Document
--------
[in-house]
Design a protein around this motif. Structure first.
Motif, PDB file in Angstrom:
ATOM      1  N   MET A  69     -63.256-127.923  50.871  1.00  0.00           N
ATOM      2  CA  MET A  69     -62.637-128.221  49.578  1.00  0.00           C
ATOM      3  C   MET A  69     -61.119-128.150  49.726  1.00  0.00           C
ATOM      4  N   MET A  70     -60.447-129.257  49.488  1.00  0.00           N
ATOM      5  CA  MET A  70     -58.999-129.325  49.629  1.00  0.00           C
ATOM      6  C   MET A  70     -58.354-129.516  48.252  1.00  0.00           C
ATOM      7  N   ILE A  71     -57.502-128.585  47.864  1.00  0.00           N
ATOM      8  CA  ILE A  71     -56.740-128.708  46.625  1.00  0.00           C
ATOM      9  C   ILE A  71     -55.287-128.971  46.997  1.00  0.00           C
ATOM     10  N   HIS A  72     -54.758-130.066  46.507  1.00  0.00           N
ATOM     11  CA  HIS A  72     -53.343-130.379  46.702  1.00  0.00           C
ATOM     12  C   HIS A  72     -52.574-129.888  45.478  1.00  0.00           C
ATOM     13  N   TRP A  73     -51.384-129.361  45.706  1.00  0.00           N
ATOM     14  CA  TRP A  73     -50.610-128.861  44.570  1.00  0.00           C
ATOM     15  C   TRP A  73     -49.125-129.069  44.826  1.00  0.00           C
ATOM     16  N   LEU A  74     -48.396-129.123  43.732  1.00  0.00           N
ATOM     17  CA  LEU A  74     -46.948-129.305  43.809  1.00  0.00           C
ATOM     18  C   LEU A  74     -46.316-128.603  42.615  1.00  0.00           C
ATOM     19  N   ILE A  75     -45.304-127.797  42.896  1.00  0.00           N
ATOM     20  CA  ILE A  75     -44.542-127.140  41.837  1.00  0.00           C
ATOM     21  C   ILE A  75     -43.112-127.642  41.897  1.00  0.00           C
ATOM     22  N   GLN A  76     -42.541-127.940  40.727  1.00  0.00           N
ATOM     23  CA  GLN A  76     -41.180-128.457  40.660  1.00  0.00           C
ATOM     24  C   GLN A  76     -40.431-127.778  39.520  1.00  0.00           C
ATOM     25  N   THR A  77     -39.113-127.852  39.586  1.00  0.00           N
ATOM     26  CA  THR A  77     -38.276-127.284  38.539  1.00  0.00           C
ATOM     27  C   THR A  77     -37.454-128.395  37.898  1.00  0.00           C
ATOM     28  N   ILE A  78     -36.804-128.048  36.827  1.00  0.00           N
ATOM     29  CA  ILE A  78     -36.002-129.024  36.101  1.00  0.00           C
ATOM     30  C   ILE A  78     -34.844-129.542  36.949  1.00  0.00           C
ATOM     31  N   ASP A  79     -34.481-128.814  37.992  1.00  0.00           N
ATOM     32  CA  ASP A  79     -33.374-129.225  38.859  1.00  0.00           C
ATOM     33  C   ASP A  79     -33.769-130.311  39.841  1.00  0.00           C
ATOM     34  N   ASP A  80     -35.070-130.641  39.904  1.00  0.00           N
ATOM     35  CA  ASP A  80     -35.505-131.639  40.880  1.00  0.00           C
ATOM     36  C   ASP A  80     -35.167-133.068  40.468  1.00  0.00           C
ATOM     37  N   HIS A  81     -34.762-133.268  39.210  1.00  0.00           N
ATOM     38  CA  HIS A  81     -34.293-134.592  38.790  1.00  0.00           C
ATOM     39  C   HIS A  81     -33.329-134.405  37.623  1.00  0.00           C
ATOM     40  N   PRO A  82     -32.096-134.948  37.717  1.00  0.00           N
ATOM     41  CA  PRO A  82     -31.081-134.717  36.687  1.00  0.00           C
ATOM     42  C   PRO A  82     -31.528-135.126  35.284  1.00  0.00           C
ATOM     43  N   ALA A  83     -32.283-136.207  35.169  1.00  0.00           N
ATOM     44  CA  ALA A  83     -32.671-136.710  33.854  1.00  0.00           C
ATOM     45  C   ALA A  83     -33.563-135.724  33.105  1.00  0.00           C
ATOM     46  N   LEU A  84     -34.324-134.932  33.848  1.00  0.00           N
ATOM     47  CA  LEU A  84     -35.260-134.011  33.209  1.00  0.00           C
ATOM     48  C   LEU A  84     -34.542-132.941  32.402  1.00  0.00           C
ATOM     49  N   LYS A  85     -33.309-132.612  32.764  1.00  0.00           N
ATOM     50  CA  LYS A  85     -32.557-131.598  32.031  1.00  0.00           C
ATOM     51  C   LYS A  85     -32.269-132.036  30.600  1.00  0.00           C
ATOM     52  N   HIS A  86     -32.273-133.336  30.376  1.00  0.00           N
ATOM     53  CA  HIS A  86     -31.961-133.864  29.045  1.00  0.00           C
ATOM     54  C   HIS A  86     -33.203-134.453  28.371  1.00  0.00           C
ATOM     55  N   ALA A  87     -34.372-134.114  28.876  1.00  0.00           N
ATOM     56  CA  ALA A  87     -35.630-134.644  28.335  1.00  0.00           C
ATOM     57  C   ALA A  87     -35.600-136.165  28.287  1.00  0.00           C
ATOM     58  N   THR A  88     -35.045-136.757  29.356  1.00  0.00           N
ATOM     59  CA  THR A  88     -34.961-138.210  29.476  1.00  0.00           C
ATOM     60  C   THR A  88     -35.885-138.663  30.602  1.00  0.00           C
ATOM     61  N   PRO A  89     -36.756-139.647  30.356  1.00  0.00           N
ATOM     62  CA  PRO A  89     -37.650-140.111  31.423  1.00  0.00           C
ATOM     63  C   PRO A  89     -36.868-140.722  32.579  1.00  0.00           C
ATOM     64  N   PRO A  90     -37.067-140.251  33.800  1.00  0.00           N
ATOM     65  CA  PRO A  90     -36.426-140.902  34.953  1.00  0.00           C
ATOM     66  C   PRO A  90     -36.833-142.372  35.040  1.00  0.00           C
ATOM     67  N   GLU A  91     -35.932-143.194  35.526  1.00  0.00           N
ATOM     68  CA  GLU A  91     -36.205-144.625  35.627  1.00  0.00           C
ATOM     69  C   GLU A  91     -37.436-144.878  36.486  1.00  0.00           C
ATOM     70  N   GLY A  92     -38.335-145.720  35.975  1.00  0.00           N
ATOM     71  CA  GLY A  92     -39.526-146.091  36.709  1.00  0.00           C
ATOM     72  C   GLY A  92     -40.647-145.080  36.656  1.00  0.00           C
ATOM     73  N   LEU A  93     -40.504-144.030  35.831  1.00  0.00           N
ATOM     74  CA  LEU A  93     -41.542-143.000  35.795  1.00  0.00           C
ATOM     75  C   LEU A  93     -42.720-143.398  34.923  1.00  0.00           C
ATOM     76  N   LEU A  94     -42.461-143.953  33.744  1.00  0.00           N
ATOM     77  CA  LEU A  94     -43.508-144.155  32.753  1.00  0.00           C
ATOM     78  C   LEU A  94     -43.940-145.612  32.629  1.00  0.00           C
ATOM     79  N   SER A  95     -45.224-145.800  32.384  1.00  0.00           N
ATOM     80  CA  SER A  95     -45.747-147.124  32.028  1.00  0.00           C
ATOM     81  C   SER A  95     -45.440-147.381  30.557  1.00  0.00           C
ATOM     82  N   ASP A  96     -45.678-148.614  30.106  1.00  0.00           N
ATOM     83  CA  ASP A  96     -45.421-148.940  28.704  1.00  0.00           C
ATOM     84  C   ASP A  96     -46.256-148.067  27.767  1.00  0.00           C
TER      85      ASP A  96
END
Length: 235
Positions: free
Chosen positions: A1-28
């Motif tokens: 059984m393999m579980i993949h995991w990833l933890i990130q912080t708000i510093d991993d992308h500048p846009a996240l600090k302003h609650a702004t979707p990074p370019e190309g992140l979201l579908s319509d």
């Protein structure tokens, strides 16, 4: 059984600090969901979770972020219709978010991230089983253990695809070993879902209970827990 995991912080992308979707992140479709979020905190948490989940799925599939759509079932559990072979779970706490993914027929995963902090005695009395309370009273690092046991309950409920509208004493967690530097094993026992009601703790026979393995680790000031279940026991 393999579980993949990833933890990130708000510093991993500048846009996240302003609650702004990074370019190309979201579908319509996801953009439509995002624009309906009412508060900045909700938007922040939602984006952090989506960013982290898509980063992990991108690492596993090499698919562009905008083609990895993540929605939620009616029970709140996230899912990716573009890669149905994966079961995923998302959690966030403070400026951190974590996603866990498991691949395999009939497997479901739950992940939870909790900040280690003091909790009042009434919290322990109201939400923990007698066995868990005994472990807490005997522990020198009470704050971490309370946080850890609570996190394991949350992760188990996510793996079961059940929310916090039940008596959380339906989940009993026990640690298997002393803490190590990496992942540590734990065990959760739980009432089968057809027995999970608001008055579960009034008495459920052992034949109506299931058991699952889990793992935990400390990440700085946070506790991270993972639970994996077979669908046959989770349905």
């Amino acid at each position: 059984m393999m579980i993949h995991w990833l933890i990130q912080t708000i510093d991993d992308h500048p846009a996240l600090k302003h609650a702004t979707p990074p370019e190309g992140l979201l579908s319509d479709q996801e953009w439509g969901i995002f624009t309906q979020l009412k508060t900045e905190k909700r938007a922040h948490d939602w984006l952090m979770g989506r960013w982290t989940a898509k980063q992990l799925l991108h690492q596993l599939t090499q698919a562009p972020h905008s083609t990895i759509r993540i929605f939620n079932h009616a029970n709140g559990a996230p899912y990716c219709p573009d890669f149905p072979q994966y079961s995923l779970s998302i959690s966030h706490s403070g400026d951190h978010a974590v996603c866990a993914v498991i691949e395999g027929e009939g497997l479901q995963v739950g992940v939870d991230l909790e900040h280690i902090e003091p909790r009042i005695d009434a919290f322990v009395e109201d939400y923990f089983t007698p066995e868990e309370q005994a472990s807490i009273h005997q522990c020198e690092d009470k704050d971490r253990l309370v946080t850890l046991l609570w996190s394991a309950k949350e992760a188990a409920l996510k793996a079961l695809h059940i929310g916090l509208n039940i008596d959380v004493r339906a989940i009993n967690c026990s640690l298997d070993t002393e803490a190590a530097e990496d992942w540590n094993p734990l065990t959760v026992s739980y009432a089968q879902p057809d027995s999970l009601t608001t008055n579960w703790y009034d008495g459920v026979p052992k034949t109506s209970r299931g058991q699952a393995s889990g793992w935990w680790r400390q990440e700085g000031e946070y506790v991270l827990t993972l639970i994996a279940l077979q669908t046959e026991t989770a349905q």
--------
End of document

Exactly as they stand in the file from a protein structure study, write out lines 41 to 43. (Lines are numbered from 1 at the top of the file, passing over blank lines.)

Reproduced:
ATOM     38  CA  HIS A  81     -34.293-134.592  38.790  1.00  0.00           C
ATOM     39  C   HIS A  81     -33.329-134.405  37.623  1.00  0.00           C
ATOM     40  N   PRO A  82     -32.096-134.948  37.717  1.00  0.00           N